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Thanksgiving holiday in the deer woods

By Staff
Nov. 23, 2001
Thanksgiving is a time when families all around our country take off time from work to gather together. For many it is a time of food, fellowship and fun among friends and families alike. Many people also find that it is a time to take stock of what they have while giving thanks.
This year Thanksgiving will be even more meaningful to people of the United States of America. While nobody can forget what happened to our country on Sept. 11th, the very act of terrorism and destruction that was thrust upon us has turned our nation once again back to the basics of life. For many that translates into a love of God and country. We are experiencing a literal wave of patriotism, the likes never before seen in many of our younger generation's lifetimes.
Nature's beauty
Shortly after I climbed 30 feet up a tree in my climbing stand last Saturday afternoon, I was immersed in the beauty of nature. I had come to this quiet place in search of a big buck. However, the woods had come alive with all sorts of other creatures, everything but a buck.
Squirrels began cutting hickory nuts and acorns almost immediately after I settled down in the stand. They resembled tiny acrobats as they climbed and jumped from limb to limb. Every now again one would stop momentarily and munch on one of the tasty morsels.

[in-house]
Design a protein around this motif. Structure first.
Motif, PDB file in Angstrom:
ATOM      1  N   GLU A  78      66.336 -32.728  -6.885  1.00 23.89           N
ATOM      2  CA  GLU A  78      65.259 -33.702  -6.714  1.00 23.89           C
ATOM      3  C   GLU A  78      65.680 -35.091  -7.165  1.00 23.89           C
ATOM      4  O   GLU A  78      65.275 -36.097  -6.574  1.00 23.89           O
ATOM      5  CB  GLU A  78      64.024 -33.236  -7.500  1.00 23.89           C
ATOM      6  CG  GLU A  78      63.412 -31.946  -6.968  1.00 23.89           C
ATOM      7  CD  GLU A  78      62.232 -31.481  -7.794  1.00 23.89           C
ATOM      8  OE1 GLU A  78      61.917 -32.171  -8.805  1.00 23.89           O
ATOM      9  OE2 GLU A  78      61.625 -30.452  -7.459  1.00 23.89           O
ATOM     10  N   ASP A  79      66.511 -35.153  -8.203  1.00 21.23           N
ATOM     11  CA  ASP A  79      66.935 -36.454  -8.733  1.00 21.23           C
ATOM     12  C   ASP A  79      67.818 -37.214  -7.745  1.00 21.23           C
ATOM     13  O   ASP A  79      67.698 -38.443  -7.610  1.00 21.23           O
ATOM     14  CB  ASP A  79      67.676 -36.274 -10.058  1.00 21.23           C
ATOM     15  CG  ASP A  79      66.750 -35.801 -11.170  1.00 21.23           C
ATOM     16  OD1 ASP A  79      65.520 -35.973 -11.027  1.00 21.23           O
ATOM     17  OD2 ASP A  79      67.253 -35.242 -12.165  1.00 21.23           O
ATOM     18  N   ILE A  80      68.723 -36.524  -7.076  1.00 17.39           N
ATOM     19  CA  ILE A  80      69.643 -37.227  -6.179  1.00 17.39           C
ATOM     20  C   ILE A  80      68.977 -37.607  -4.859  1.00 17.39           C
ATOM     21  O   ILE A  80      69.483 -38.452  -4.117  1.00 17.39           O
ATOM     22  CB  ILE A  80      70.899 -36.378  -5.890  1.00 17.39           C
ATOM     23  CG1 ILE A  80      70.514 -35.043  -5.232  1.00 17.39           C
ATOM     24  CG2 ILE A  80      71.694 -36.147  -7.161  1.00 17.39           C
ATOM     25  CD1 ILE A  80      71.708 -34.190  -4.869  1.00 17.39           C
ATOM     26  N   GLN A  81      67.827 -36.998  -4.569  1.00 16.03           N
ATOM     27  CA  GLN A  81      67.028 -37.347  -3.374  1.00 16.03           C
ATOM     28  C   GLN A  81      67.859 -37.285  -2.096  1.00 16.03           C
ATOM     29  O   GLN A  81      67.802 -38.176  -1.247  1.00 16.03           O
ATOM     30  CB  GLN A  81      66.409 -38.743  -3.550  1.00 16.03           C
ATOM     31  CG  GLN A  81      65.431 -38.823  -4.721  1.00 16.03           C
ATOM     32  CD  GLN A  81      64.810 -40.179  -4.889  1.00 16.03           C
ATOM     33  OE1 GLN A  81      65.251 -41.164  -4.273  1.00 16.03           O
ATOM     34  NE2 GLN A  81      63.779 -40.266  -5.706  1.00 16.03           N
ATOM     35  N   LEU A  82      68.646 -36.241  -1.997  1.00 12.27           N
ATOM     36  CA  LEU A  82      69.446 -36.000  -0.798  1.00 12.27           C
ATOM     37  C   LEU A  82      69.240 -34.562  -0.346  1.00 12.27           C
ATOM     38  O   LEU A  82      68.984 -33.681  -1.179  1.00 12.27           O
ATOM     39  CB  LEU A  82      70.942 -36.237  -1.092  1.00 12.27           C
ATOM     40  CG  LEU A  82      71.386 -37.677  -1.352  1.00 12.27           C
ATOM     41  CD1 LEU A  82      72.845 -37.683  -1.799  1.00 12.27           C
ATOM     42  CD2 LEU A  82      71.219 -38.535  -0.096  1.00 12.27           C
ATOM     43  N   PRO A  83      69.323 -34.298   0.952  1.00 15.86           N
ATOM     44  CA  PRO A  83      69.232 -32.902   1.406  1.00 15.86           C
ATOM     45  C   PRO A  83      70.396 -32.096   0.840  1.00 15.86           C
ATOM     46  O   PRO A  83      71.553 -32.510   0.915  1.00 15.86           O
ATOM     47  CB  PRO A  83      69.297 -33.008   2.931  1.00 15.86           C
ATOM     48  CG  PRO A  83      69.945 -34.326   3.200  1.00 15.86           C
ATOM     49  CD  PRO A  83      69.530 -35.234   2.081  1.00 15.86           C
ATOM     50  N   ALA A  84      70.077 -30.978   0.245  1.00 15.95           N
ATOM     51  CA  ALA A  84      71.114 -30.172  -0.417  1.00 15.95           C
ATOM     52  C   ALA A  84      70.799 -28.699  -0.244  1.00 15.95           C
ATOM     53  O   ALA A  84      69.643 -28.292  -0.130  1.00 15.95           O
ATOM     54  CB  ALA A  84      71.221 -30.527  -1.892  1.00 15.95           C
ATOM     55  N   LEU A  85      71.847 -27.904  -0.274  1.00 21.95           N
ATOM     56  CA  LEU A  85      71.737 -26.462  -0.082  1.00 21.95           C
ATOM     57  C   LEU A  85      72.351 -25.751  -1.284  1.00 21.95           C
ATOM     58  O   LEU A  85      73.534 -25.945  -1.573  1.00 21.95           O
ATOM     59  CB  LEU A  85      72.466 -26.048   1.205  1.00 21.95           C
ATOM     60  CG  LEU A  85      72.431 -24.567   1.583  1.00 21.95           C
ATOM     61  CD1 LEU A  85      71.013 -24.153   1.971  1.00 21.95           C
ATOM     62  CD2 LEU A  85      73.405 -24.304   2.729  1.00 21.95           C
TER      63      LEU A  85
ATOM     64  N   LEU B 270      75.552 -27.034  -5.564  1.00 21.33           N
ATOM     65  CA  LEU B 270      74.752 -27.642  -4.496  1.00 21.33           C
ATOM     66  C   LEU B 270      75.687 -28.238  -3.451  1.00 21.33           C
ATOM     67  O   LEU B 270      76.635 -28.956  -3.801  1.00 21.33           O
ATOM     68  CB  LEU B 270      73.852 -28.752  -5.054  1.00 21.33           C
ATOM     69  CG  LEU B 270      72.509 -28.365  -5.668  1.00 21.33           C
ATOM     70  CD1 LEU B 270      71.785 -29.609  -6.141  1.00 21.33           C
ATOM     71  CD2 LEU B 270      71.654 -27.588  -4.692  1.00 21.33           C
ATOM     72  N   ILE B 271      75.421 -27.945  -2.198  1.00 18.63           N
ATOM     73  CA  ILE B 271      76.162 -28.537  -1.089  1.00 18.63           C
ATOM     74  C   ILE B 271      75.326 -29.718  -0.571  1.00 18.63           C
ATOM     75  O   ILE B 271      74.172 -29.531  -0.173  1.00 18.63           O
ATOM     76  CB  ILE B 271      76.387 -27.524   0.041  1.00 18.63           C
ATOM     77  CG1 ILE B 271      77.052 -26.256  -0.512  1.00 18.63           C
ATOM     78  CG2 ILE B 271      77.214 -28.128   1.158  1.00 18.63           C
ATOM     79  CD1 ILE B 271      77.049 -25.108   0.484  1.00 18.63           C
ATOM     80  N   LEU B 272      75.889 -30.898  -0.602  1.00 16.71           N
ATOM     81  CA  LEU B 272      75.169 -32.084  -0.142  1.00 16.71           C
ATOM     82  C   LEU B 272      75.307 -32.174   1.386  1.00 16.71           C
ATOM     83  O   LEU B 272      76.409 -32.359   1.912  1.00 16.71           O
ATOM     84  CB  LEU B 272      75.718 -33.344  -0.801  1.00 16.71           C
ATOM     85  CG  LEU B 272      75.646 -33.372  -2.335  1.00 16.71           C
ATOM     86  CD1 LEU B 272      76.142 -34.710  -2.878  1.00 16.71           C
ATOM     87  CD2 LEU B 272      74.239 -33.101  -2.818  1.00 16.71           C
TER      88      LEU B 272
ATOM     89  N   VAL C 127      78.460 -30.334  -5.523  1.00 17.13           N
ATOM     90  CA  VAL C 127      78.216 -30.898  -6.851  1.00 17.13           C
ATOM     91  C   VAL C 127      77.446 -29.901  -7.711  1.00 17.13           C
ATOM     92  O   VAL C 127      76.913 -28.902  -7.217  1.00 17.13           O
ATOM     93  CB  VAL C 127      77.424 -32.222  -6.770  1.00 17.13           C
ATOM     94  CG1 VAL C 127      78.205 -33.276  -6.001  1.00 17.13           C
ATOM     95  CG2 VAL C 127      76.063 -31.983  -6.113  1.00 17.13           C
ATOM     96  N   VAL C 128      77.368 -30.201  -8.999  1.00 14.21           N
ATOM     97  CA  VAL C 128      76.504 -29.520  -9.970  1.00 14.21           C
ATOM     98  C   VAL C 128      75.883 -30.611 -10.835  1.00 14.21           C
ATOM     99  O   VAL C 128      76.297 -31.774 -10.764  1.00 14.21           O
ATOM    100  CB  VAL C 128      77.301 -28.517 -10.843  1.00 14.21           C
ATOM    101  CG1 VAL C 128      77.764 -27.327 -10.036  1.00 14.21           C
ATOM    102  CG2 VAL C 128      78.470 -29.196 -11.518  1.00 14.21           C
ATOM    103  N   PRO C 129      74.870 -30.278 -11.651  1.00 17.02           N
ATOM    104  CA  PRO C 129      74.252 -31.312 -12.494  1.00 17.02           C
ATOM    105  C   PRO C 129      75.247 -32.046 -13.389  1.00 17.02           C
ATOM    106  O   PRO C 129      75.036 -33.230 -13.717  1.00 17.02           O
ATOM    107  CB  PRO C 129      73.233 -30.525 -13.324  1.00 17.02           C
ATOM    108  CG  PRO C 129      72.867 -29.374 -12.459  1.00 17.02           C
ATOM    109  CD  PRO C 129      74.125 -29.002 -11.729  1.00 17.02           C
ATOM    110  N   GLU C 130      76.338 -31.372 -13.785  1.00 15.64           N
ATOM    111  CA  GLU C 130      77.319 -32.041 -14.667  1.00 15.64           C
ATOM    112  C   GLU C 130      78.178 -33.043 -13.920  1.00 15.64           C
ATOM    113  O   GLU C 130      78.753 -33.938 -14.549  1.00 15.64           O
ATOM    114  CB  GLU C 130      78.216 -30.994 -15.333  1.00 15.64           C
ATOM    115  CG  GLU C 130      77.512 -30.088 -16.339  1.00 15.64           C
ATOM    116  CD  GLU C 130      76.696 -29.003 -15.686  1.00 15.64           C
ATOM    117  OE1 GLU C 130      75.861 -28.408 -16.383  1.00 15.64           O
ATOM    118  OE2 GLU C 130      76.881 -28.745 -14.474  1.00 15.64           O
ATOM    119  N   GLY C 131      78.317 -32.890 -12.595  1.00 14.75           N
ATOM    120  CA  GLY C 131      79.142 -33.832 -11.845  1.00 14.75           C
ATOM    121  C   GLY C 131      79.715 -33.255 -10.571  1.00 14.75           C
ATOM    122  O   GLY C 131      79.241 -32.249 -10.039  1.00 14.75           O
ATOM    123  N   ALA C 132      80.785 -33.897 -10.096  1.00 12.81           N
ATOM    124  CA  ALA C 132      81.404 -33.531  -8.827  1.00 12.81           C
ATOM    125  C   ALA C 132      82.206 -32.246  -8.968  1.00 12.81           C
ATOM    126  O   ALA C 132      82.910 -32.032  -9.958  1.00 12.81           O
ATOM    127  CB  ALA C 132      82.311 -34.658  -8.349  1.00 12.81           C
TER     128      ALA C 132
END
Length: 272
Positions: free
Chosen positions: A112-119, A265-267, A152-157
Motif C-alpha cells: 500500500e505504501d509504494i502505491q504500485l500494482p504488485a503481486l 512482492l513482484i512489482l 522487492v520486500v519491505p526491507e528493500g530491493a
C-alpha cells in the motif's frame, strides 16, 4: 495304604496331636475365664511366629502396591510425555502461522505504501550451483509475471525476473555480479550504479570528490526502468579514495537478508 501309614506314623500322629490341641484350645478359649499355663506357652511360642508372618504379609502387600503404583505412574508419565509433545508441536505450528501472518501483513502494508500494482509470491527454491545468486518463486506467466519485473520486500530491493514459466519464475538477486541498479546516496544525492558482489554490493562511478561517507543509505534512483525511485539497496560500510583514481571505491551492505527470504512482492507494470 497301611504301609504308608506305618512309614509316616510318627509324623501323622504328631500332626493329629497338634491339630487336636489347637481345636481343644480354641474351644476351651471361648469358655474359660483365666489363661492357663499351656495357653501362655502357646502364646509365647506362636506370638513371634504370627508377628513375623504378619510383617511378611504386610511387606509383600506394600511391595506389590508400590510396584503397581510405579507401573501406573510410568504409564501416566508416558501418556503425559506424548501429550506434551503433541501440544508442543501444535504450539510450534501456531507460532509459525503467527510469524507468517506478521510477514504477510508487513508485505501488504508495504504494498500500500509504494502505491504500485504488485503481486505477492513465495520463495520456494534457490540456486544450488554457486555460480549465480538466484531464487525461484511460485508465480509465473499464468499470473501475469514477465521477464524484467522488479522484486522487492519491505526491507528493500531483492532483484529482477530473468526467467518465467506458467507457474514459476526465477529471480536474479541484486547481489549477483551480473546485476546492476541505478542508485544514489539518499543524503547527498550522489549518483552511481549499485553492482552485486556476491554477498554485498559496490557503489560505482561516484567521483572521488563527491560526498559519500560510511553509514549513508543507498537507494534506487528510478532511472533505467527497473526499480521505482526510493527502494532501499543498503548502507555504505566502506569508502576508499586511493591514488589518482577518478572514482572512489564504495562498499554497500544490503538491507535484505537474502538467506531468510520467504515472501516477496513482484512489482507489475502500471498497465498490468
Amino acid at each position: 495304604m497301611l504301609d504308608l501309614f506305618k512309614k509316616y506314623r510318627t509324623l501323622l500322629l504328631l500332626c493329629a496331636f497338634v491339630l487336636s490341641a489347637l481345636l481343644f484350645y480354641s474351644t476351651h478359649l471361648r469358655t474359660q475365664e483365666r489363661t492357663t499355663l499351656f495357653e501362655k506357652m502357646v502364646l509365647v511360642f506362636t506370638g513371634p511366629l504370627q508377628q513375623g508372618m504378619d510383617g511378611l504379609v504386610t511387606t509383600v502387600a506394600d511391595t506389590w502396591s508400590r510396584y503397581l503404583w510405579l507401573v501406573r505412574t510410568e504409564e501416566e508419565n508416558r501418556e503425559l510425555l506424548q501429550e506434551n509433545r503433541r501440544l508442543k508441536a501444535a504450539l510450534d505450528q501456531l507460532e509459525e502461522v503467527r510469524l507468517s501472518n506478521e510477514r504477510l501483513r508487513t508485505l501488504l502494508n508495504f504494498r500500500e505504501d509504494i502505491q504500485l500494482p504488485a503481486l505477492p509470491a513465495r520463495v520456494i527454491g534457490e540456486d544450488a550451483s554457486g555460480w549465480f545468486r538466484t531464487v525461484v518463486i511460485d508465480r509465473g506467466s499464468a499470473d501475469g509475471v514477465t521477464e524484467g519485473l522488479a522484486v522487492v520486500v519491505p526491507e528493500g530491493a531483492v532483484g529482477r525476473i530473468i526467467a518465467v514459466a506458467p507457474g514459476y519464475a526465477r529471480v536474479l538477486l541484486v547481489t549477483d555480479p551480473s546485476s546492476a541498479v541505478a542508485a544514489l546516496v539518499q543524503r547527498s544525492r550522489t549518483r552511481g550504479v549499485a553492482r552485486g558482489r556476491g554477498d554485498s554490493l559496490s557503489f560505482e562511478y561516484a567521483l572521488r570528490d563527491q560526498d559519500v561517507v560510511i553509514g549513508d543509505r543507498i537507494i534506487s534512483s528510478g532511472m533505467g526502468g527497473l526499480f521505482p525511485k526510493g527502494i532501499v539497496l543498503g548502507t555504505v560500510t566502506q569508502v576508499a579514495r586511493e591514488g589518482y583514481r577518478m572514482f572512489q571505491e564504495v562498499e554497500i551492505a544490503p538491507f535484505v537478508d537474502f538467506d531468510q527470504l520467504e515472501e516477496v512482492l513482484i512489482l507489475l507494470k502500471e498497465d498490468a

The woods are my sanctuary this time of year. This year of course, I would think of my family and the coming holiday feast and time of thanksgiving. On this day my mind would wander back in time. Memories, of course, always portray less stressful times.
As a flock of turkeys began to feed my way just over the ridge, I sent out a series of yelps and lost calls. Quickly answering, they began to send out the familiar lost calls as well. As they approached, I toned down to light purrs and clucks with my natural voice. This time of year the calls will really carry and the turkeys are much less wary.
Memory kindled
As they appeared from over the ridge my mind wandered back to the time that my grandfather Nolen and I had seen our first turkeys up on his old home place. As we made our way into the woods at daybreak, we startled a whole flock. With much squawking and flapping of wings they scared the daylights out of us.
Shortly after the birds appeared, I heard the bawl of an old beagle across the cutover. Closer and closer the dogs came. Just before they passed by they turned and headed straight to me. Suddenly an old doe burst out of the thicket and ran not more than 10 feet from my stand. She was only 100 yards or so in front of the dogs, which turned out to be a chow and a beagle.
As the woods once again grew silent, I was reminded of the many times I had been with my grandfather this time of year. Usually one if not both of us got a deer. Although he won't be with me this year, I am thankful for the many times we were together in the fall woods and the lessons that he taught me.
As I venture forth into the woods this weekend, I will remain thankful for having the chance to be an American and enjoy the bountiful blessings that have been provided us. And once again Pawpaw's old Remington 30-06 will remind me of the great sacrifice that he and many other Americans paid for us to have the freedom to enjoy our lives and experience the great outdoors. And who knows, I just might get that big buck that I've been looking for.